March 17, 2023 - No. 14

Windsor Salt Strike Enters Fourth Week

National Union President Sends Letter to Teachers' Pension Fund


Striking Windsor Salt workers and supporters on the picket line, March 3, 2023. (Unifor)

Negotiations Set to Resume

 Salt Miners' Defence of Health and Safety a Matter of Life and Death Jeopardized by Contracting Out

Mine Rescue: Vital to Workers' Health and Safety

About Ontario Mine Rescue

Role of Ontario Courts in Assisting U.S. Hedge Fund to Destroy Canadian Union

Self-Serving Arguments to Justify Company Abuse



Windsor Salt Strike Enters Fourth Week

National Union President Sends Letter to
Teachers' Pension Fund

Unifor President Lana Payne issued the following letter via e-mail to the Board of the Ontario Teachers' Pension Plan on March 14, 2023. The letter has been published on Unifor's website for public information. For further background on OTPP's investments in Stone Canyon click here.

SUBJECT: WINDSOR SALT LABOUR DISPUTE 

Greetings,

Unifor is Canada's largest private sector union representing 315,000 workers nationwide in every major sector of the economy, including mining. As you may be well aware, 250 members of Unifor Locals 240 and 1959 working at the Windsor salt mine and evaporation plant have been on strike for four (4) weeks now. Stone Canyon Industries Holdings (SCIH), which acquired Windsor Salt in 2021, has refused to return to the bargaining table and discuss any financial matters unless its workers accept onerous concessions, including the contracting out of union work.

Ontario Teachers' Pension Plan (OTPP) is in fact one of Stone Canyon's key investors and its significant purchases of SCIH equity offerings over the past few years have allowed the industrial holding company to expand its footprint into the salt industry where its subsidiary, SCI Salt, currently controls the lion's share of the market outside of China. Ashfaq Qadri, a managing director at OTPP, sits on Stone Canyon's board of managers.

Unifor shares with OTPP the philosophy that responsible pension investing must include stewardship meaning active engagement and oversight over portfolio companies to promote positive change. As one of the world's biggest institutional investors safeguarding the pensions of tens of thousands of unionized workers, OTPP has the power to ensure that the companies it invests in behave responsibly, particularly when it comes to respecting labour rights.

To put it bluntly, the behaviour of SCIH in this labour dispute has not lived up to the OTPP's responsible investing principles and violates environmental, social and governance (ESG) standards, as clearly laid out in the OTPP Responsible Investing Guidelines. As you know well, one of the primary determinants of the social factor is a company's ability to build a positive relationship with its employees, which does not begin with a refusal to bargain unless workers accept painful concessions.

Unifor therefore calls on the OTPP to uphold its responsible investing and stewardship principles by using its influence to demand that SCIH return to the bargaining table without pre-conditions. No investment can be responsible unless workers' rights and the collective bargaining process are given their due respect.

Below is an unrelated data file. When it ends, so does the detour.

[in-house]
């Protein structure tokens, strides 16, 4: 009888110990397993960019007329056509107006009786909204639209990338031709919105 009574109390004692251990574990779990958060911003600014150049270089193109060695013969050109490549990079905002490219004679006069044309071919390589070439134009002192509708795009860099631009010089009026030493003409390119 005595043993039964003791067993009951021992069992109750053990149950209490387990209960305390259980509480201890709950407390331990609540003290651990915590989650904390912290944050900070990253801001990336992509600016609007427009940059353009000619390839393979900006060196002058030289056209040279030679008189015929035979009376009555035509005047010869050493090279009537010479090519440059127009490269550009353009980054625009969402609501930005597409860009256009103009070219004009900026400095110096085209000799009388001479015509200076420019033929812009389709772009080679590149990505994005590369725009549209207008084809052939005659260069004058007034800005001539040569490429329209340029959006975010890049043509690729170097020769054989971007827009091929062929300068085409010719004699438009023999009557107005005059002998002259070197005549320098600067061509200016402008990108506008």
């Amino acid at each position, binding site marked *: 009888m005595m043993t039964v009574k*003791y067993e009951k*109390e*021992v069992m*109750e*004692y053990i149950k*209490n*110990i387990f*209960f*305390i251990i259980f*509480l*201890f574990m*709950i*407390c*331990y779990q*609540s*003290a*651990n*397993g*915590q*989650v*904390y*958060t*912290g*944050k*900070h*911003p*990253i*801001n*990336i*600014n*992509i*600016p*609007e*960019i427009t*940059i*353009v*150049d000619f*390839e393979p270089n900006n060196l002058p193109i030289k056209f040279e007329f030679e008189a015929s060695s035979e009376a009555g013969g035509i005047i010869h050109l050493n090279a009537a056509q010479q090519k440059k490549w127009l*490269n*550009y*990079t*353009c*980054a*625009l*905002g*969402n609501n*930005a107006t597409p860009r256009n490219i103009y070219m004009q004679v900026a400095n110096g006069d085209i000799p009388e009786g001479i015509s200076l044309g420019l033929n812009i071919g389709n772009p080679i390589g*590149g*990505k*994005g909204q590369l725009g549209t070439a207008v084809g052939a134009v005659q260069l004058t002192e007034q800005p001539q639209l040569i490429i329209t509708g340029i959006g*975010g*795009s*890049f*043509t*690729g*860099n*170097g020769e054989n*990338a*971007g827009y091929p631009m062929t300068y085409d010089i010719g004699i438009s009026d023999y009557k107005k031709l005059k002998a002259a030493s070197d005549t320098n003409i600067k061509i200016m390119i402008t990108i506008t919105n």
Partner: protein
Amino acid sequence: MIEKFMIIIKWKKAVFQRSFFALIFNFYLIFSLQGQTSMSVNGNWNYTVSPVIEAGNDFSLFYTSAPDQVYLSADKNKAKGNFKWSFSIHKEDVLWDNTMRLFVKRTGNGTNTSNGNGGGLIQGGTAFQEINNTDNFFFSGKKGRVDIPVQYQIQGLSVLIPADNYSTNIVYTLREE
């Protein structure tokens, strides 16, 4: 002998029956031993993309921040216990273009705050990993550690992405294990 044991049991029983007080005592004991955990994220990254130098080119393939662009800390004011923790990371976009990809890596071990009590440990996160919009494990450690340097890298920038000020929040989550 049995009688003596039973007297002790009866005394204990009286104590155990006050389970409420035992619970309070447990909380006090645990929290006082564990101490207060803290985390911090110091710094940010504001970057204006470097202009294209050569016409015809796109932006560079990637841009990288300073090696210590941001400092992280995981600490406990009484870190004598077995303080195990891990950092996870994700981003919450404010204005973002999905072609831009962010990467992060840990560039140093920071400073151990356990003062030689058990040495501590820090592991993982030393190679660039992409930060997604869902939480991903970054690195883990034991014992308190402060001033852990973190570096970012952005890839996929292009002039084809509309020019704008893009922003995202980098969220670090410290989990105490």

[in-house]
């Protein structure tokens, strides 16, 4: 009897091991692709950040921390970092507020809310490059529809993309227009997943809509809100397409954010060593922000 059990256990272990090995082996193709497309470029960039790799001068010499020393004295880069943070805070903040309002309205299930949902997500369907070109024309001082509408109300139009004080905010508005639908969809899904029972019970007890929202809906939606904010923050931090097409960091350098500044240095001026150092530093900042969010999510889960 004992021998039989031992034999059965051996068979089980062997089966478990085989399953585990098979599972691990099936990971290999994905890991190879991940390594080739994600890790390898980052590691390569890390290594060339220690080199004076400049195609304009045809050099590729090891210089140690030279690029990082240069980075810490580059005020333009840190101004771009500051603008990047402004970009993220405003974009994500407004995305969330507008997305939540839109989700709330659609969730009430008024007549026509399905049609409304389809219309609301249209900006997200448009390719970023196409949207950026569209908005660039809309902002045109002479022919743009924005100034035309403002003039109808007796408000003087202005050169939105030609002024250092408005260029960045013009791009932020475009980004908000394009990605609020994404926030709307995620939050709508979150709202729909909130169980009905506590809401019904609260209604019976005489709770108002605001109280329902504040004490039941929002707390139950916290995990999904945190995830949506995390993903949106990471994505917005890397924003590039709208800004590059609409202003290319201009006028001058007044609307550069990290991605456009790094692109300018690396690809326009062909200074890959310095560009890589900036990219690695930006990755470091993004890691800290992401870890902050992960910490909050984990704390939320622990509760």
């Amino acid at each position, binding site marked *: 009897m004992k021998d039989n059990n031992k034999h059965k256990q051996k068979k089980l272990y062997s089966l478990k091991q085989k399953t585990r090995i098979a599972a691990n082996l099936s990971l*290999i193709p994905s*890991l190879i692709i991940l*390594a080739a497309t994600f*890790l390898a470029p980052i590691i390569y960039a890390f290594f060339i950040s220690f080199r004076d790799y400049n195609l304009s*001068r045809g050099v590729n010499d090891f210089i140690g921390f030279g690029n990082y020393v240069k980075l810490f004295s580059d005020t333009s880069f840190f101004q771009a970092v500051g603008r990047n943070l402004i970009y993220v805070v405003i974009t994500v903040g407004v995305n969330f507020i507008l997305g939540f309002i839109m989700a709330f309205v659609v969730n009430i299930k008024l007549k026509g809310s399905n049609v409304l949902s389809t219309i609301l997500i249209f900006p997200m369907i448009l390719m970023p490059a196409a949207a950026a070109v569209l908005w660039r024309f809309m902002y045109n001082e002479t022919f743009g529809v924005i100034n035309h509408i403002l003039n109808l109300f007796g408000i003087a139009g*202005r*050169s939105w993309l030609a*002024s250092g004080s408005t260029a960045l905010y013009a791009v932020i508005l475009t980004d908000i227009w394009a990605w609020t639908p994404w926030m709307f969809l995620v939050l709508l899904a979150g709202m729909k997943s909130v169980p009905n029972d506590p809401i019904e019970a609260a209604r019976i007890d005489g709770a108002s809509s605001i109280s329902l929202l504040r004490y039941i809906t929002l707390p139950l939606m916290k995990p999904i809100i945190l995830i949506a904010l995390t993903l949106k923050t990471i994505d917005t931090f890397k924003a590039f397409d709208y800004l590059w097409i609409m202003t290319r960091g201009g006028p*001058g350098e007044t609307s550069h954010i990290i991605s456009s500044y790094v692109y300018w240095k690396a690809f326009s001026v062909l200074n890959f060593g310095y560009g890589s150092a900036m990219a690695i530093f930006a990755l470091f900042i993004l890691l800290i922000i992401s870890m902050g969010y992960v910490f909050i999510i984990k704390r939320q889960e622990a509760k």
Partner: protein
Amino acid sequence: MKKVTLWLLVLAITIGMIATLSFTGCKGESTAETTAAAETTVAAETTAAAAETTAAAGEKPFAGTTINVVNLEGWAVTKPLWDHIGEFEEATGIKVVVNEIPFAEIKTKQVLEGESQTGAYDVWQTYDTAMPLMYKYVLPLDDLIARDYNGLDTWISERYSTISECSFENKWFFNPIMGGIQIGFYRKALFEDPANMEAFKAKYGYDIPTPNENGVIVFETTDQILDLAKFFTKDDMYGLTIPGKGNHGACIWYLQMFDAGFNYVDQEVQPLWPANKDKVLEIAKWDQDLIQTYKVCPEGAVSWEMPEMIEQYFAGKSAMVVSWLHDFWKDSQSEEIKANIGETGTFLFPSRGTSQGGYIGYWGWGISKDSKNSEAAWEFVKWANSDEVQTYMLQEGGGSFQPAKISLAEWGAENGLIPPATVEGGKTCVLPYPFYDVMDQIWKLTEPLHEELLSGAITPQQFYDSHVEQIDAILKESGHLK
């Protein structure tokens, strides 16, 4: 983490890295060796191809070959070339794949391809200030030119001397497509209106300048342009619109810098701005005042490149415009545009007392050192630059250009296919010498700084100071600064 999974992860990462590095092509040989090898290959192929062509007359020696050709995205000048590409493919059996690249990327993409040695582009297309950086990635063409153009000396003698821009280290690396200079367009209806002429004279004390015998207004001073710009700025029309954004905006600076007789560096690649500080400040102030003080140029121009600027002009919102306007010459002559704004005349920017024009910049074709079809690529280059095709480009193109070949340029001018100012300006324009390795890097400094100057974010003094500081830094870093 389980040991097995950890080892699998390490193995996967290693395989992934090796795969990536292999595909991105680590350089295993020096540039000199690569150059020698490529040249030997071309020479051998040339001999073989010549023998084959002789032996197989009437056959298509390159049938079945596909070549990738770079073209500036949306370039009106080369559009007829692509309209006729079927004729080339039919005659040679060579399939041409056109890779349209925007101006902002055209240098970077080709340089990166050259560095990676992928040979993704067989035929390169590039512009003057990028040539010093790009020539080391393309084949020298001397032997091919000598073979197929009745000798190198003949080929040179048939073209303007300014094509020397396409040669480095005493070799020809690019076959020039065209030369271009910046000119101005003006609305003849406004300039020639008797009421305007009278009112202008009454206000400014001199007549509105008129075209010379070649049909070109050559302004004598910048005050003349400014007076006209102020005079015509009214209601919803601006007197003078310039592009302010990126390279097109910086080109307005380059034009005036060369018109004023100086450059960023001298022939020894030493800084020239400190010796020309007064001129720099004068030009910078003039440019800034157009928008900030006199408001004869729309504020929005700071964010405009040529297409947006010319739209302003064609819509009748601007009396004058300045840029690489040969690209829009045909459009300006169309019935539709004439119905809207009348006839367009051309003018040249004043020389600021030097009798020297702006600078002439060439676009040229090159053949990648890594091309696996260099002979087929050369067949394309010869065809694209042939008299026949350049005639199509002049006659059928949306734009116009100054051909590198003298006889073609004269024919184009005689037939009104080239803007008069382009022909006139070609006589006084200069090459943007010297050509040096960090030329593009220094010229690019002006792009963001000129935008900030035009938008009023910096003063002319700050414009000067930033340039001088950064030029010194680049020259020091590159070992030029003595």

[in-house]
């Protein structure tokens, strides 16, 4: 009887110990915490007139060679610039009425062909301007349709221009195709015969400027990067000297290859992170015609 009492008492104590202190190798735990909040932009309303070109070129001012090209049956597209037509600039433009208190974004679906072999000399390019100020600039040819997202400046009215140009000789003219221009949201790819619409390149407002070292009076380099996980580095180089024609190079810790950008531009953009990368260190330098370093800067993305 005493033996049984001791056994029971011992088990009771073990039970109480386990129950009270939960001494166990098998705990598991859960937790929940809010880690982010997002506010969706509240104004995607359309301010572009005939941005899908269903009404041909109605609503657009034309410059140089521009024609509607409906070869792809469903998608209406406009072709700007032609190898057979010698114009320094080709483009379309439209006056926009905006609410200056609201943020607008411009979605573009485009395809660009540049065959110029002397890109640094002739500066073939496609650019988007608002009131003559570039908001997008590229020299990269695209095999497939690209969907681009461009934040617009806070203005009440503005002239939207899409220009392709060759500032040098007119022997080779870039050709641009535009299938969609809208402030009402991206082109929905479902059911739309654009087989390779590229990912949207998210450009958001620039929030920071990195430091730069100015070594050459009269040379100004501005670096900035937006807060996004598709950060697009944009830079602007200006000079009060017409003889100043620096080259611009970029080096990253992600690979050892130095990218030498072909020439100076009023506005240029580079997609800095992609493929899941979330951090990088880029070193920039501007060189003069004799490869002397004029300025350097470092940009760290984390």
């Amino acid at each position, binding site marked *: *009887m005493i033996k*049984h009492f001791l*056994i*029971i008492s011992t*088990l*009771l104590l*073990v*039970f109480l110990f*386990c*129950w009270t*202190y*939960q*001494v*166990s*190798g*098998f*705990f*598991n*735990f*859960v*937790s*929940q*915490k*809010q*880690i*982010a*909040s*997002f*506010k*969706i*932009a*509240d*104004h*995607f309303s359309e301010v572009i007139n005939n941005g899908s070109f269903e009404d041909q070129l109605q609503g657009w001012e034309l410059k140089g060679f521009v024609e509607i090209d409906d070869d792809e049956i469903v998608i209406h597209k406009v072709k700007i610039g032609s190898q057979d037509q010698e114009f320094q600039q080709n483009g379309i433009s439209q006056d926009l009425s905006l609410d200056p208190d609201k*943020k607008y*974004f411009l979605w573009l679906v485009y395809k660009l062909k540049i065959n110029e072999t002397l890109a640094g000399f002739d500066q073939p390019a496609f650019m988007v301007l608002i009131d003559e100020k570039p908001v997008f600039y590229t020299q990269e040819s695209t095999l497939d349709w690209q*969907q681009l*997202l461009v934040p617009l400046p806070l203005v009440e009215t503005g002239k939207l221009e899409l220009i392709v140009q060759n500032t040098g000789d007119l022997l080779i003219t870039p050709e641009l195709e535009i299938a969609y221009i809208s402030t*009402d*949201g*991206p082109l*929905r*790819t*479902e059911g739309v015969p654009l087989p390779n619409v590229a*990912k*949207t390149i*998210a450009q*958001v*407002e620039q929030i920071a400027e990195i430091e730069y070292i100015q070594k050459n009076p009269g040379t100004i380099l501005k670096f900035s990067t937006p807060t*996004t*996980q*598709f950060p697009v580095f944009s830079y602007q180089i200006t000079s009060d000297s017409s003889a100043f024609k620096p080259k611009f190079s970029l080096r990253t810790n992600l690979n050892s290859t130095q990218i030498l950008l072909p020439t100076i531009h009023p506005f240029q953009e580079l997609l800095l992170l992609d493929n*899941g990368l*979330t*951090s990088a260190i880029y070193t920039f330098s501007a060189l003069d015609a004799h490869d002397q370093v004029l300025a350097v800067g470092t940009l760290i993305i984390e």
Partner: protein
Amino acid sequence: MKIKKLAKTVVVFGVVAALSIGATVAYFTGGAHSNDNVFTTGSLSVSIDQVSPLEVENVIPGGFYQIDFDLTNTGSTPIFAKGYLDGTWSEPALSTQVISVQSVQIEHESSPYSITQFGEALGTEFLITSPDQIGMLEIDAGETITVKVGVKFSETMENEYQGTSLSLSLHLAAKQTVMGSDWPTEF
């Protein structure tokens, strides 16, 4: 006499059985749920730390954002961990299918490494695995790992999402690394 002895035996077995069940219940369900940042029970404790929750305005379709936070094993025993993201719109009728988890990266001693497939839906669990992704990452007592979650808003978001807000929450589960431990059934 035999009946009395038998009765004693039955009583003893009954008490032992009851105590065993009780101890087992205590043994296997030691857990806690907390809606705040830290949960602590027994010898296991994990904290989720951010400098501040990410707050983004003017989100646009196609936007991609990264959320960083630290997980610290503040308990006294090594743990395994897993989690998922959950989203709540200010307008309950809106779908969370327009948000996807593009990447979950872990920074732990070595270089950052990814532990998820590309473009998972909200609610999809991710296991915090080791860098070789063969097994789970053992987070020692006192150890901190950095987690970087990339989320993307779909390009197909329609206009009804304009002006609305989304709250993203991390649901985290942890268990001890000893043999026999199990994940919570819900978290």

I trust that you understand, from this letter, the high level of concern we wish to communicate. I am available should you wish to discuss the matter directly with me.

Yours truly,

Lana Payne
National President

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Negotiations Set to Resume

On March 16, Unifor Locals 240 and 1959, which represent the workers at Windsor Salt's two operations in Windsor, Ontario, issued a joint statement with Windsor Salt announcing their return to bargaining on Wednesday, March 22.

According to the statement, the company and the union engaged in informal discussions about a pathway back to the bargaining table over the last 24 hours. As a result, "they both agree that a return to the bargaining table is in their best interests, and they are optimistic that they will be able to reach a collective agreement that is fair and equitable to all parties involved."

The workers are pleased that negotiations will resume, but they are concerned about the almost six-day delay between the announcement and the resumption of talks. They suspect that this delay is due to the company having to bring in their U.S. lawyer from the union-busting law firm Jackson Lewis which is leading the negotiations. They believe this shows the company's continued arrogance in dealing with their livelihoods.

Despite their concerns, the workers hope that their efforts and the support they have received from their community and other members of the labor movement in Canada have convinced the company and its owners Stone Canyon Industries Holdings Inc. to negotiate in a manner that respects the workers and their union, rather than engaging in union-busting tactics.

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Salt Miners' Defence of Health and Safety a Matter of Life and Death Jeopardized by Contracting Out

One of the major issues striking miners at Windsor Salt are raising in relation to the demand by the new owners, Stone Canyon Industries Holdings, to contract out work and attack their union's ability to function, is related to health and safety. The miners note that the work they do can be very dangerous if proper standards of health and safety -- which have been worked out during the 130 years of salt mining operations in Windsor -- are not upheld. It is the workers, through their union, that uphold such standards day-in and day-out because their lives rely on them. For example, workers explain that when there is blasting taking place to loosen the salt, everyone -- except those doing the blasting and mechanics who are a large distance away -- are not permitted to be underground. There are systems in place to ensure that everyone is out of the mine before any blasting happens.